Converting Patrol Cars to Propane

Gasoline usage is dropping in the day to day operation of Evans' fleet. His costs are way down, and even with an ease in fuel costs, Evans knows that this was the right decision.

"It's great to get a rebate on our fuel. Also, I'm now known as the 'green' sheriff in Georgia, since propane burns cleaner and is recognized as a DOE alternative fuel. I've been able to take this initiative to the voters of Jackson County, showing them a realistic solution that not only cuts costs but also ensures that county cruisers will be on patrol, and cleans the air of our community."

Propane vehicles also have longer maintenance cycles than gasoline fueled cruisers. Engine wear and tear is significantly reduced. "When the time comes to sell my vehicles, I now have the choice of taking the propane equipment off and re-installing it on new vehicles, or selling them with the kit still installed for a premium to taxi and other commercial carrier fleets that want propane fueled units."

Ninety percent of propane is produced in the United States. Another seven percent is imported from Canada, and the rest is imported from US refineries abroad. This helps to ensure that propane is affordable and widely available in America.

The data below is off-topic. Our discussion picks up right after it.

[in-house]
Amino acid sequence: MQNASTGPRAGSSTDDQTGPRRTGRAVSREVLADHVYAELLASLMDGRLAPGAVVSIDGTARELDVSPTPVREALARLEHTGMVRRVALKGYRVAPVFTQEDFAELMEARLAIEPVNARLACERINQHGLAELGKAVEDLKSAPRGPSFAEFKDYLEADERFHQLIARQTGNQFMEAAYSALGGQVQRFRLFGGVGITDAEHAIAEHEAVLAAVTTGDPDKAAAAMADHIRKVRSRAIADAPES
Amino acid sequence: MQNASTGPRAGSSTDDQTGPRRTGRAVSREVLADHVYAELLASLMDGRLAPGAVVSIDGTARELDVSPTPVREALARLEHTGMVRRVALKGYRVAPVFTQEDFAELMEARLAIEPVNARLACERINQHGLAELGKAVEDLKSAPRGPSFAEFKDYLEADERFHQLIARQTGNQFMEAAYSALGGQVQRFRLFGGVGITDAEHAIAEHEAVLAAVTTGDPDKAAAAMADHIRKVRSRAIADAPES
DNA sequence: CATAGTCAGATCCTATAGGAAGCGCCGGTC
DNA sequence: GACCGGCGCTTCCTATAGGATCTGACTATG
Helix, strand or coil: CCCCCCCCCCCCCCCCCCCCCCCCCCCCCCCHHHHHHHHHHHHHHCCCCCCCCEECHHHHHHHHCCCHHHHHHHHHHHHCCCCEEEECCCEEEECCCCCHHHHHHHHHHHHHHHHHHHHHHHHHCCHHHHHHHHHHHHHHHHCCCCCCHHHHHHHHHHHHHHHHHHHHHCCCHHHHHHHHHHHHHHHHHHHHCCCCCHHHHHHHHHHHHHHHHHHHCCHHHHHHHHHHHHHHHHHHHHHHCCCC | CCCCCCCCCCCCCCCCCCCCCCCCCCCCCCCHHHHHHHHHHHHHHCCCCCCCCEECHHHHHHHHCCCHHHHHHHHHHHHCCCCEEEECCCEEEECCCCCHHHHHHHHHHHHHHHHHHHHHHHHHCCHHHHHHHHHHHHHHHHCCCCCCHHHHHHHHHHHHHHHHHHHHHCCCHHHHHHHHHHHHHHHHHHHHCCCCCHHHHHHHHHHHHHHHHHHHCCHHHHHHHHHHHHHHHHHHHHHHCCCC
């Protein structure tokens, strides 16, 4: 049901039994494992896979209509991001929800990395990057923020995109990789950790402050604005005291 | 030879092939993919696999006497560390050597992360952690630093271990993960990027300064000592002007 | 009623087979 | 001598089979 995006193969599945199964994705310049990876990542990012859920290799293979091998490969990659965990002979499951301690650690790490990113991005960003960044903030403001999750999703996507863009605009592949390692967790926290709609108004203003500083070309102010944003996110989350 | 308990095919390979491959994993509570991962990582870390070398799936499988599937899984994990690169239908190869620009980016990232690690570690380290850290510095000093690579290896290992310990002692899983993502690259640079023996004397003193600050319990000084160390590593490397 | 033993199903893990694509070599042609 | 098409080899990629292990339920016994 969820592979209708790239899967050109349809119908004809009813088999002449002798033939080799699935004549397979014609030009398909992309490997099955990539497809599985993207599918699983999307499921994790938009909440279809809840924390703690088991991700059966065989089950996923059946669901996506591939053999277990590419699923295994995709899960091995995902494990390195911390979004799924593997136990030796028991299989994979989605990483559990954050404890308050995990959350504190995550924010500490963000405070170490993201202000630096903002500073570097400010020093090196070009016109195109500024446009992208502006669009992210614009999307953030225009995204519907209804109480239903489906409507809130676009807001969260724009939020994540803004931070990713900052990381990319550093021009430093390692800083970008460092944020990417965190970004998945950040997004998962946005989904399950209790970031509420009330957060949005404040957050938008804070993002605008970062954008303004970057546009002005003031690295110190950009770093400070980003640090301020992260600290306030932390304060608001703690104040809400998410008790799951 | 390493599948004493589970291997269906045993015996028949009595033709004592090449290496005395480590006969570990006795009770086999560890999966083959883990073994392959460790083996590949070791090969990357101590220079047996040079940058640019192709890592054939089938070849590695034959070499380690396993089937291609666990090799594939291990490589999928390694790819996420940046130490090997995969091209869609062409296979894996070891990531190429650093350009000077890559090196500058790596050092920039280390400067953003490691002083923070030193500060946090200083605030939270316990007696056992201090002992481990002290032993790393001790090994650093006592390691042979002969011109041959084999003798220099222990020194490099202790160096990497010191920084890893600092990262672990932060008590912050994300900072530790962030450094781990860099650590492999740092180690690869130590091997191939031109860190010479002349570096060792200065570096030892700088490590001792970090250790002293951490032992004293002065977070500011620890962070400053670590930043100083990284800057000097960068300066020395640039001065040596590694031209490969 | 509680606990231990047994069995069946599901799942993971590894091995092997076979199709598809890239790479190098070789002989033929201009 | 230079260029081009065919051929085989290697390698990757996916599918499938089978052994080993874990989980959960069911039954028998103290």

Myths Busted

Myth: Propane is a highly toxic and dangerous fuel. It is much more dangerous than gasoline.

Reality: Propane is non-toxic and requires a much higher temperature to ignite than gasoline. Actually, gasoline ignites into fire at about half the temperature required of propane.

Myth: Propane tanks pose a threat to law enforcement officers.

Reality: We invite you to check out the video linked in below, done by the Mythbusters crew. You'll notice that the worst damage they could do to a typical propane tank with an armor piercing round only resulted in venting the liquid propane into gas. The tank didn't explode or create a fireball.

Myth: If propane leaks out of a tank, it will puddle up on the floor of our shop and be a hazard to our maintenance crew.

Reality: If you checked out the clip referenced above, you'll see that propane that is exposed to the air will simply evaporate, will not be combustible, and certainly will not leech into the ground and pollute ground water like gasoline or diesel fuels.

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